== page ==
Warfarin (Coumadin®) is a blood thinner given to people at high risk for the formation of blood clots due to conditions such as deep vein thrombosis, heart valve disease or replacement, and irregular heart beat. The drug is also given to prevent recurrence of pulmonary embolism, heart attack and stroke.
If too little warfarin is prescribed, the threat of blood clots will remain. But if too much drug is given, uncontrolled bleeding can result. Add to this the fact that “too little” and “too much” can vary significantly between people, and it’s no wonder that complications from incorrect warfarin dosing are one of the most common reasons for emergency room visits due to adverse drug reactions.
In 2007, the FDA updated the labeling information for warfarin to include information about how variations in two genes, CYP2C9 and VKORC1, can impact a patient’s optimal dose of the drug. But the FDA did not make specific dosing recommendations at that time.
Now the FDA has updated warfarin’s label once again, this time specifically saying that a “patient’s CYP2C9 and VKORC1 genotype information, when available, can assist in selection of the starting dose.” The agency also provides initial dosage recommendations for patients with different variant combinations. The FDA does not, however, require that genetic testing be done before prescribing warfarin.
The warfarin label lists non-genetic factors that can impact warfarin dosing, including age, race, body weight, sex, other medications and other medical problems. These factors are accounted for in the dosing recommendations given in the label.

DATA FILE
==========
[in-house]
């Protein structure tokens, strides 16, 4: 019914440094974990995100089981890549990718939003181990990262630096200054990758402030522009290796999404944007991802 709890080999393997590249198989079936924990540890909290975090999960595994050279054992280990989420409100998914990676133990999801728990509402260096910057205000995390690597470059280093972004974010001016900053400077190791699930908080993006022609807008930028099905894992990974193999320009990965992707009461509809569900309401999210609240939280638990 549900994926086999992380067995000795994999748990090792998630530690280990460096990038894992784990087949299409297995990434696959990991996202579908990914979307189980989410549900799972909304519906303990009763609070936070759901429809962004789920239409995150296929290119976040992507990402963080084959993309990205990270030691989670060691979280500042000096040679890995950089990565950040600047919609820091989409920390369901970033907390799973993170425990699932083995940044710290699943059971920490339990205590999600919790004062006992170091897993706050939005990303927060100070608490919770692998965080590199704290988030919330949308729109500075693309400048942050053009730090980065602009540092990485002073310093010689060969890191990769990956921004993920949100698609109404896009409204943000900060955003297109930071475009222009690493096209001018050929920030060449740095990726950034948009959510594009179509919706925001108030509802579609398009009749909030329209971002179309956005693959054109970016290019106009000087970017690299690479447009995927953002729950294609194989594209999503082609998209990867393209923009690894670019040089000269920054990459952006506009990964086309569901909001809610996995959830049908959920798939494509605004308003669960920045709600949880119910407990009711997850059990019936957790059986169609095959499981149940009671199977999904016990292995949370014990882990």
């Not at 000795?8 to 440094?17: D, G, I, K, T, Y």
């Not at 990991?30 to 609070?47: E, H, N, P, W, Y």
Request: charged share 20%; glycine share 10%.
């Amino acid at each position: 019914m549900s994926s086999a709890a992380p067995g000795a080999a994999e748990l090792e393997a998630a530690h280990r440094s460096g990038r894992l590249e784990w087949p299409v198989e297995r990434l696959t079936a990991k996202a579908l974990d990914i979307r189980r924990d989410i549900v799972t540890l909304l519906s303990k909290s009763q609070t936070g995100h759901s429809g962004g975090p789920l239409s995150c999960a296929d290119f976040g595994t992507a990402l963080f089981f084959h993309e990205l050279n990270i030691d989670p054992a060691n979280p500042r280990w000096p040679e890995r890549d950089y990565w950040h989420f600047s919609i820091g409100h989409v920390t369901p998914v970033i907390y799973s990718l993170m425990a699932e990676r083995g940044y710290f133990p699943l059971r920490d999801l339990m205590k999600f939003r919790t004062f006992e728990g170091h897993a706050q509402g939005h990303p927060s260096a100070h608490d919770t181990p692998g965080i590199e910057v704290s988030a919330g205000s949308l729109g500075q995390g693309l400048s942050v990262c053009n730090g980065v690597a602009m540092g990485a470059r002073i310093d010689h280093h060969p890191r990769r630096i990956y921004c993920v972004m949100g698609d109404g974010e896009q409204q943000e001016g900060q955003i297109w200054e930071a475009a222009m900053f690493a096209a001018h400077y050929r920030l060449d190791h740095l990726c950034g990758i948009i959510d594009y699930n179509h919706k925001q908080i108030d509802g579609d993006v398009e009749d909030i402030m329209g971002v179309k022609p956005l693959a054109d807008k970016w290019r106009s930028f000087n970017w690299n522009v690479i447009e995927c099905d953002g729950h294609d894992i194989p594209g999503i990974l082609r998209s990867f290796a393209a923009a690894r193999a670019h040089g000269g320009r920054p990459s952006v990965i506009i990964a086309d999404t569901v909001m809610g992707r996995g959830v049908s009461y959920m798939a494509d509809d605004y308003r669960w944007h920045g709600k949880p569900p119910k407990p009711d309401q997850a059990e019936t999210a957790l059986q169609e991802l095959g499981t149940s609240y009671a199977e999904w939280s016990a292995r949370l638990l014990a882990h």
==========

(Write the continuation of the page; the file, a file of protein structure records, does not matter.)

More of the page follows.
The Centers for Medicare and Medicaid Services, the federal agency that makes decisions about what Medicare, Medicaid and the Children’s Health Insurance Program will cover, decided last year that there was not sufficient evidence to justify covering genetic testing before warfarin administration for Medicare beneficiaries. They did say, however, that they would pay for testing in patients who are part of clinical studies aimed at gathering more data on how outcomes are influenced by the availability of genetic information.
Many physicians are still not comfortable incorporating genetics into their prescription decisions. The Pharmacogenomics Reporter quoted Janet Woodcock, director of the FDA’s Center for Drug Evaluation and Research, as saying, “Doctors tell us all the time, don’t tell us about VKORC1, just tell us what the right dose is for patients,” at a recent conference.
The American Medical Association has produced a booklet to help doctors understand the science behind genetics and warfarin dosing.
23andMe Health Edition and Complete Edition customers can view their data for the genetic variations in CYP2C9 and VKORC1 considered in the FDA labeling update in the Warfarin (Coumadin®) Sensitivity Drug Response Report.
A downloadable PDF version of the Warfarin Sensitivity report is available to help customers share their results with their doctors.
Only a physician can determine whether warfarin is the right medication for a particular patient and at what dosage it should be given. The information contained in 23andMe Drug Response reports should not be used to independently establish a drug regimen or abolish or adjust an existing course of treatment.
The Spittoon previously reported on one of the studies that contributed to the FDA’s new labeling decision.